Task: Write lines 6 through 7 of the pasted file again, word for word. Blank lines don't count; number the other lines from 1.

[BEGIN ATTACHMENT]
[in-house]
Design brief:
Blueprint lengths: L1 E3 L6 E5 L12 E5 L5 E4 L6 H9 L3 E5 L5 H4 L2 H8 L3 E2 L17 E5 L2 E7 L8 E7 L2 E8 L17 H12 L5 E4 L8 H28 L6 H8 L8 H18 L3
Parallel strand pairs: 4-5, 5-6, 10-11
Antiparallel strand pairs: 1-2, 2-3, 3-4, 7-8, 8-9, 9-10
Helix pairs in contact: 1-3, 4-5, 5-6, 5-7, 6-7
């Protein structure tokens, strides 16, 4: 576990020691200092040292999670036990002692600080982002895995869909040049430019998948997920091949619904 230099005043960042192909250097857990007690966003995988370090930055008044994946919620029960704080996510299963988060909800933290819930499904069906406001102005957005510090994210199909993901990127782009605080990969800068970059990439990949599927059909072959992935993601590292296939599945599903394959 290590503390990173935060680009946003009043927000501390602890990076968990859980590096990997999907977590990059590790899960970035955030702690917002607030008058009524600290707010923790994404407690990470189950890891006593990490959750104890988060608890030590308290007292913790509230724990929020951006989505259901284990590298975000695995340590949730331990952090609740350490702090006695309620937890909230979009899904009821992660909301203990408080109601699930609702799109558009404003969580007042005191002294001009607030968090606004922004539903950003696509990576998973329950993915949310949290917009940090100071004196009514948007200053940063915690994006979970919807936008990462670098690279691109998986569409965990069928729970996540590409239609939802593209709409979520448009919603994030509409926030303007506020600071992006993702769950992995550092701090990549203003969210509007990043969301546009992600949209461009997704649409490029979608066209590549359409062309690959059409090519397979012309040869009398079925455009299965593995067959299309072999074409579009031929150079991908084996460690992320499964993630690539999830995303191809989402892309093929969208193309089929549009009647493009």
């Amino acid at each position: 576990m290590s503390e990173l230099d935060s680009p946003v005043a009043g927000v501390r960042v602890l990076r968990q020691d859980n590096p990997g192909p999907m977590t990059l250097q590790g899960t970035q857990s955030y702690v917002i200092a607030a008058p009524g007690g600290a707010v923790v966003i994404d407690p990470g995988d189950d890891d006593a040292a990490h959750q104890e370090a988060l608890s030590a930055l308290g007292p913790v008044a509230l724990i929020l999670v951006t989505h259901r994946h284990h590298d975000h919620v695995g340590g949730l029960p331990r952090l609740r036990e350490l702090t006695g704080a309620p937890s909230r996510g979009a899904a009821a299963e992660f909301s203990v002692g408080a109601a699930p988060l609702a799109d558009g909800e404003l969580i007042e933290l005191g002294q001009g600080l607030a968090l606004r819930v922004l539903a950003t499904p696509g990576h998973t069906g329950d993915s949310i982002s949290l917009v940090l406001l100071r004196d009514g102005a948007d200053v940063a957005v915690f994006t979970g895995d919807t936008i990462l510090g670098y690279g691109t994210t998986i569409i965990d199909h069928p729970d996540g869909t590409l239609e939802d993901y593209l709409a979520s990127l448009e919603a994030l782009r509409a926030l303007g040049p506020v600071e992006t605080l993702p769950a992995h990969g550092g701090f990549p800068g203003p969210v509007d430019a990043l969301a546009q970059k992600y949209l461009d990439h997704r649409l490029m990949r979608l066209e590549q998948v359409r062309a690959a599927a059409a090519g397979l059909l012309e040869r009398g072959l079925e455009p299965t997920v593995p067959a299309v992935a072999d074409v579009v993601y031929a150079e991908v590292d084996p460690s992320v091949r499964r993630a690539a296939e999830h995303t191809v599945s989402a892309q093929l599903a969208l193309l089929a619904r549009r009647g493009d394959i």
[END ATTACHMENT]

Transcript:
Helix pairs in contact: 1-3, 4-5, 5-6, 5-7, 6-7
């Protein structure tokens, strides 16, 4: 576990020691200092040292999670036990002692600080982002895995869909040049430019998948997920091949619904 230099005043960042192909250097857990007690966003995988370090930055008044994946919620029960704080996510299963988060909800933290819930499904069906406001102005957005510090994210199909993901990127782009605080990969800068970059990439990949599927059909072959992935993601590292296939599945599903394959 290590503390990173935060680009946003009043927000501390602890990076968990859980590096990997999907977590990059590790899960970035955030702690917002607030008058009524600290707010923790994404407690990470189950890891006593990490959750104890988060608890030590308290007292913790509230724990929020951006989505259901284990590298975000695995340590949730331990952090609740350490702090006695309620937890909230979009899904009821992660909301203990408080109601699930609702799109558009404003969580007042005191002294001009607030968090606004922004539903950003696509990576998973329950993915949310949290917009940090100071004196009514948007200053940063915690994006979970919807936008990462670098690279691109998986569409965990069928729970996540590409239609939802593209709409979520448009919603994030509409926030303007506020600071992006993702769950992995550092701090990549203003969210509007990043969301546009992600949209461009997704649409490029979608066209590549359409062309690959059409090519397979012309040869009398079925455009299965593995067959299309072999074409579009031929150079991908084996460690992320499964993630690539999830995303191809989402892309093929969208193309089929549009009647493009």